Most Old Garden Roses of strict European heritage (albas, damasks, gallicas, etc.) are shrubs that bloom once yearly, in late spring or early summer, on two-year-old (or older) canes. As such, their pruning requirements are quite minimal, and are overall similar to any other analogous shrub, such as lilac or forsythia. Generally, only old, spindly canes should be pruned away, to make room for new canes. One-year-old canes should never be pruned because doing so will remove next year’s flower buds. The shrubs can also be pruned back lightly, immediately after the blooms fade, to reduce the overall height or width of the plant. In general, pruning requirements for OGRs are much less laborious and regimented than for Modern hybrids.

Modern hybrids, including the hybrid teas, floribundas, grandifloras, modern miniatures, and English roses, have a complex genetic background that almost always includes China roses (R. chinensis). China roses were evergrowing, everblooming roses from humid subtropical regions that bloomed constantly on any new vegetative growth produced during the growing season. Their modern hybrid descendants exhibit similar habits: Unlike Old Garden Roses, modern hybrids bloom continuously (until stopped by frost) on any new canes produced during the growing season. They therefore require pruning away of any spent flowering stem, in order to divert the plant’s energy into producing new growth and thence new flowers.

Additionally, Modern Hybrids planted in cold-winter climates will almost universally require a "hard" annual pruning (reducing all canes to 8"–12" in height) in early spring. Again, because of their complex China rose background, Modern Hybrids are typically not as cold-hardy as European OGRs, and low winter temperatures often desiccate or kill exposed canes. In spring, if left unpruned, these damanged canes will often die back all the way to the shrub’s root zone, resulting in a weakened, disfigured plant. The annual "hard" pruning of hybrid teas, floribundas, etc. should generally be done in early spring; most gardeners coincide this pruning with the blooming of forsythia shrubs. Canes should be cut about 1/2" above a vegetative bud (identifiable as a point on a cane where a leaf once grew).

For both Old Garden Roses and Modern Hybrids, any weak, damaged or diseased growth should be pruned away completely, regardless of the time of year. Any pruning of any rose should also be done so that the cut is made at a forty five degree angle above a vegetative bud. This helps the pruned stem callus over more quickly, and also mitigates moisture buildup over the cut, which can lead to disease problems.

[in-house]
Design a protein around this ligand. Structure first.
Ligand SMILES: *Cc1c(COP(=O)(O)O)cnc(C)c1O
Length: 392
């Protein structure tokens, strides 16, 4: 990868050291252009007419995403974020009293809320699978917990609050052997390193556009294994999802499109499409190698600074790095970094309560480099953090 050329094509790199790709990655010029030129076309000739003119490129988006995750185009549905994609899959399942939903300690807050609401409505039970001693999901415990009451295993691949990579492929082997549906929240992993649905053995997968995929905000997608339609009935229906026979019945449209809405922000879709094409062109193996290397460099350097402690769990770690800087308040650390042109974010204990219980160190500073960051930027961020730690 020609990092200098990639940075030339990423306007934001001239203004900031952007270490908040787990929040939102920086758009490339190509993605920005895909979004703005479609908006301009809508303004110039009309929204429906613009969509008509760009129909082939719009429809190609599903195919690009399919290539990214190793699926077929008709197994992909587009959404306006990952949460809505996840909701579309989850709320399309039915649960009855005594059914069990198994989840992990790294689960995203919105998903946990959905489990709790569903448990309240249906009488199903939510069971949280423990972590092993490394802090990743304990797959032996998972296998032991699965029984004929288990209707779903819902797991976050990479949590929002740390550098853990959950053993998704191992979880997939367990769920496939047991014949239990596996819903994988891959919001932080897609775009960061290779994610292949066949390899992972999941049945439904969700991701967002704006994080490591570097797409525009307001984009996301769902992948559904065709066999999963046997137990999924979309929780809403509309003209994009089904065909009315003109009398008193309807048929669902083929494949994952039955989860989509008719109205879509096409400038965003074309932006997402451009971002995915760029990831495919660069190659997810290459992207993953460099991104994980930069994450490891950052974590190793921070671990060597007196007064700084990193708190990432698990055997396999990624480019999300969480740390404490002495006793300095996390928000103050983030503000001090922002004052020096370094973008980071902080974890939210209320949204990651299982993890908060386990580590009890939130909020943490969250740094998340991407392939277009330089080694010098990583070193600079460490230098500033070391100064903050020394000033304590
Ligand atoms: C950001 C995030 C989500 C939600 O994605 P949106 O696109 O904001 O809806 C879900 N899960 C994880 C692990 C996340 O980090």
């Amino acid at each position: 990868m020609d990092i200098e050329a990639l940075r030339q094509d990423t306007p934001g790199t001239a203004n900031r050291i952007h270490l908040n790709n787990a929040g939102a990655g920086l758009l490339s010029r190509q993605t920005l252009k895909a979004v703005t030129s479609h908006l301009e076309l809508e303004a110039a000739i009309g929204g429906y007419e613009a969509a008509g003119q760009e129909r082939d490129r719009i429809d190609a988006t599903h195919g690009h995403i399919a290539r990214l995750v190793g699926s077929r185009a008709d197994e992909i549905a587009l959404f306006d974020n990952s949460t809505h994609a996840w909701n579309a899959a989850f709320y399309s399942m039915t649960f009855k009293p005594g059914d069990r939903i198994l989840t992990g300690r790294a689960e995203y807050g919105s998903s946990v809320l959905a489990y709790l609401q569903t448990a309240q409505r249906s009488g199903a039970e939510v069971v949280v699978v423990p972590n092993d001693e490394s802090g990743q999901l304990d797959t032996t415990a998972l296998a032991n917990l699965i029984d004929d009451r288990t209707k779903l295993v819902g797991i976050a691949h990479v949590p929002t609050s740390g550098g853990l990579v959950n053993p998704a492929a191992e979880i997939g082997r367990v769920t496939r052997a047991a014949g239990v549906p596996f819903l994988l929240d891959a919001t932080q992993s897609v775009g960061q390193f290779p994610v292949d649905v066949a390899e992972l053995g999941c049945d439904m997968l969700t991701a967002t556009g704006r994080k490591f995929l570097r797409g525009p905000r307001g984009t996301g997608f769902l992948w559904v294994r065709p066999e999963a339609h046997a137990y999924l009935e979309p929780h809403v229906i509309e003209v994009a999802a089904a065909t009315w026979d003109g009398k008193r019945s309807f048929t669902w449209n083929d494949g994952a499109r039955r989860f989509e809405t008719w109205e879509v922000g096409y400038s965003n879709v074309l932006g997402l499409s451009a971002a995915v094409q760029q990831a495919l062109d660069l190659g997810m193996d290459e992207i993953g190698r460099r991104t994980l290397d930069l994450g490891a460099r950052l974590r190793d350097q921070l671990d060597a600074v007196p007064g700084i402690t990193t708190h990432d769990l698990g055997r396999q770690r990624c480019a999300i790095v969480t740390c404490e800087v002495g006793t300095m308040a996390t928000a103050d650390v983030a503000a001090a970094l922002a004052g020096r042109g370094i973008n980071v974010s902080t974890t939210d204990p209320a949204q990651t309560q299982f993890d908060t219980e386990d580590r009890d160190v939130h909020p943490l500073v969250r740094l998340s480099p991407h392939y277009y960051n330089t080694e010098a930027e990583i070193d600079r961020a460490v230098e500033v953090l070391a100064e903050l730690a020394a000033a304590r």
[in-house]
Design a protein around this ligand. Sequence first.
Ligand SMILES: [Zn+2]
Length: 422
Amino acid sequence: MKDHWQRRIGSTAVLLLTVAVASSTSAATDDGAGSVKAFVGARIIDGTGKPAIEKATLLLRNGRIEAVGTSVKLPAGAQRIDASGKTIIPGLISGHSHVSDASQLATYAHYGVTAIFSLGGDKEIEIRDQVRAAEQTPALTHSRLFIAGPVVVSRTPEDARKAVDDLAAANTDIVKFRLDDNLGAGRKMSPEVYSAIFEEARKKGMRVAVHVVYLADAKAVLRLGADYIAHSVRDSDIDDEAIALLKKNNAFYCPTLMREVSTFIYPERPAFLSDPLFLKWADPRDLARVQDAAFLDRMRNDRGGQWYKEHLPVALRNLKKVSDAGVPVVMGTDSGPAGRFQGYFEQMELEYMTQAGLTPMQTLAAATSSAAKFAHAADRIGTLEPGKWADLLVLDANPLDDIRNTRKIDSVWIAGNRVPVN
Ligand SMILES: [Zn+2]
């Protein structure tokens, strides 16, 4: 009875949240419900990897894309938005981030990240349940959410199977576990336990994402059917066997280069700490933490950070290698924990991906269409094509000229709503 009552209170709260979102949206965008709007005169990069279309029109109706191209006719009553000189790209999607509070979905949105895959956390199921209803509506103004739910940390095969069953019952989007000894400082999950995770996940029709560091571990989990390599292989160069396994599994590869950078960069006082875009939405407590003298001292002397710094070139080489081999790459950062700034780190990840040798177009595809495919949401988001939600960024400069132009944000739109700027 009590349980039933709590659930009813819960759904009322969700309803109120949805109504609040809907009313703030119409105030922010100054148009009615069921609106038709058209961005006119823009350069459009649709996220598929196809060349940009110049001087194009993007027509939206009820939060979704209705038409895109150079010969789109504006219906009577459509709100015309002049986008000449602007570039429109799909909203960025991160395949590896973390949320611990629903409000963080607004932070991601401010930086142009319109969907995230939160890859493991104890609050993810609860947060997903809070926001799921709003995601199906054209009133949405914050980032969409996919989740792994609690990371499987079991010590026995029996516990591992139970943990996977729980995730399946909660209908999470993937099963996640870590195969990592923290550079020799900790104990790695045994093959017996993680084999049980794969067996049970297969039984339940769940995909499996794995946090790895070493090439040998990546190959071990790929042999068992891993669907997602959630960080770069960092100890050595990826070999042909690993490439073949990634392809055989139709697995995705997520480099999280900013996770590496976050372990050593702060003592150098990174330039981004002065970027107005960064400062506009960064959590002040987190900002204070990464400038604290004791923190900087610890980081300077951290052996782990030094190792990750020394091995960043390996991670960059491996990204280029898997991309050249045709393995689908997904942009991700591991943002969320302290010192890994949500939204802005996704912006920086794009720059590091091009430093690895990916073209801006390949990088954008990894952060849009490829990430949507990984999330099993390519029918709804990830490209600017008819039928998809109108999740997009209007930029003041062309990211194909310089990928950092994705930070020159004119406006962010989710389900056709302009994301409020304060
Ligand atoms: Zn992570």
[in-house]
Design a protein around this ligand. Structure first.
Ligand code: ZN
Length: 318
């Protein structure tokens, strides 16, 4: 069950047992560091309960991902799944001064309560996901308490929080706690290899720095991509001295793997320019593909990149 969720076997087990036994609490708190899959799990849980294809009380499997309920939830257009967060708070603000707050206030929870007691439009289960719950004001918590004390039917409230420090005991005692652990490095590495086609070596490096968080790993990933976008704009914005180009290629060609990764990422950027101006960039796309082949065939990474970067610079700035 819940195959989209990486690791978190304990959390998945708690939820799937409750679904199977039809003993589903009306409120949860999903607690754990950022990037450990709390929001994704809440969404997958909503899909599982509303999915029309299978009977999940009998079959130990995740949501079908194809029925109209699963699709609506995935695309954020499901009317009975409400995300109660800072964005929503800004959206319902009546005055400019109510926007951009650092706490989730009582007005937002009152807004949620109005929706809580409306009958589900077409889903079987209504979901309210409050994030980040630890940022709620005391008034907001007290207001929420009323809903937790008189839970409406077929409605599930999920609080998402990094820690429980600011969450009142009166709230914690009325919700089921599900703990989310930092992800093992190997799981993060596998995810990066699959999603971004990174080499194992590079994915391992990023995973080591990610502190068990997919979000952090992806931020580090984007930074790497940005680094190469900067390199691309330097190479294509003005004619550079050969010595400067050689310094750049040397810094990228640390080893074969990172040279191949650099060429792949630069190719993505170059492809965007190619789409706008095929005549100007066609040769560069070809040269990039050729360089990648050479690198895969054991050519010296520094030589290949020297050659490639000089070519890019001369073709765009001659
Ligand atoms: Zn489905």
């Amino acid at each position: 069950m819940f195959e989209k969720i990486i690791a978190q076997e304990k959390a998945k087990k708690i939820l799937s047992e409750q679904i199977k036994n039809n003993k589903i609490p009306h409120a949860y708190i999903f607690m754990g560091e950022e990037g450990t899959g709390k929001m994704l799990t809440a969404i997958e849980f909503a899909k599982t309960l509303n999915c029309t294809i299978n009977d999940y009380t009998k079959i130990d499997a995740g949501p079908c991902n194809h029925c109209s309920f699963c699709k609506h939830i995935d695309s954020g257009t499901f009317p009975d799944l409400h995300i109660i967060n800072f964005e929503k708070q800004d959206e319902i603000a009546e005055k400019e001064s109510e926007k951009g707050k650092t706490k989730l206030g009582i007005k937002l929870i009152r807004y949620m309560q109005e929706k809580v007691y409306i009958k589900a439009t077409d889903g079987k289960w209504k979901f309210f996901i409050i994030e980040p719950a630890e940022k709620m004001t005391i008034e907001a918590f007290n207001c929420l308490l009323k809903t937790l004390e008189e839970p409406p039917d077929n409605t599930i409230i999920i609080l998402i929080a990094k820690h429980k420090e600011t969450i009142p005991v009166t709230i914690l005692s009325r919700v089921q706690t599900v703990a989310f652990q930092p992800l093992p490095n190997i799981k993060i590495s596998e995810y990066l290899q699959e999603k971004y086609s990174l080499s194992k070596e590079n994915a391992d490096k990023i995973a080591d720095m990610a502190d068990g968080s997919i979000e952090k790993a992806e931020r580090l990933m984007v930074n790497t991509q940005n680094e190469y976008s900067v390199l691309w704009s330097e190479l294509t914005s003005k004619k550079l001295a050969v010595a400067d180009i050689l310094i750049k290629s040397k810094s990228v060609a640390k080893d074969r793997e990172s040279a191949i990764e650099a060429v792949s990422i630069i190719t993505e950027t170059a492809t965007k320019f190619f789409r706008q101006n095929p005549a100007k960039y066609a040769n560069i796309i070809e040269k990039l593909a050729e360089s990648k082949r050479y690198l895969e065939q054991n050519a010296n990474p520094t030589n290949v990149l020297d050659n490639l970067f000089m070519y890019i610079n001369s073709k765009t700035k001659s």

For all general rose pruning (including cutting flowers for arrangements), sharp secateurs (hand-held, sickle-bladed pruners) should be used to cut any growth 1/2" or less in diameter. For canes of a thickness greater than 1/2", pole loppers or a small handsaw are generally more effective; secateurs may be damaged or broken in such instances.

Deadheading is the simple practice of manually removing any spent, faded, withered, or discoloured flowers from rose shrubs over the course of the blooming season. The purpose of deadheading is to encourage the plant to focus its energy and resources on forming new offshoots and blooms, rather than in fruit production. Deadheading may also be perfomed, if spent flowers are unsightly, for aethestic purposes. Roses are particularly responsive to deadheading.

Deadheading causes different effects on different varieties of roses. For continual blooming varieties, whether Old Garden roses or more modern hybrid varieties, deadheading allows the rose plant to continue forming new shoots, leaves, and blooms. For "once-blooming" varieties (that bloom only once each season), deadheading has the effect of causing the plant to form new green growth, even though new blooms will not form until the next blooming season.

For most rose gardeners, deadheading is used to refresh the growth of the rose plants to keep the rose plants strong, vibrant, and productive.

The rose has always been valued for its beauty and has a long history of symbolism. The ancient Greeks and Romans identified the rose with their goddesses of love referred to as Aphrodite and Venus. In Rome a wild rose would be placed on the door of a room where secret or confidential matters were discussed. The phrase sub rosa, or "under the rose", means to keep a secret — derived from this ancient Roman practice.

Early Christians identified the five petals of the rose with the five wounds of Christ. Despite this interpretation, their leaders were hesitant to adopt it because of its association with Roman excesses and pagan ritual. The red rose was eventually adopted as a symbol of the blood of the Christian martyrs. Roses also later came to be associated with the Virgin Mary.

Rose culture came into its own in Europe in the 1800s with the introduction of perpetual blooming roses from China. There are currently thousands of varieties of roses developed for bloom shape, size, fragrance and even for lack of prickles.

Roses are ancient symbols of love and beauty. The rose was sacred to a number of goddesses (including Isis and Aphrodite), and is often used as a symbol of the Virgin Mary. ‘Rose’ means pink or red in a variety of languages (such as Romance languages, Greek, and Polish).

The rose is the national flower of England and the United States[4], as well as being the symbol of England Rugby, and of the Rugby Football Union. It is also the provincial flower of Yorkshire and Lancashire in England (the white rose and red rose respectively) and of Alberta (the wild rose), and the state flower of four US states: Iowa and North Dakota (R. arkansana), Georgia (R. laevigata), and New York[5] (Rosa generally). Portland, Oregon counts "City of Roses" among its nicknames, and holds an annual Rose Festival.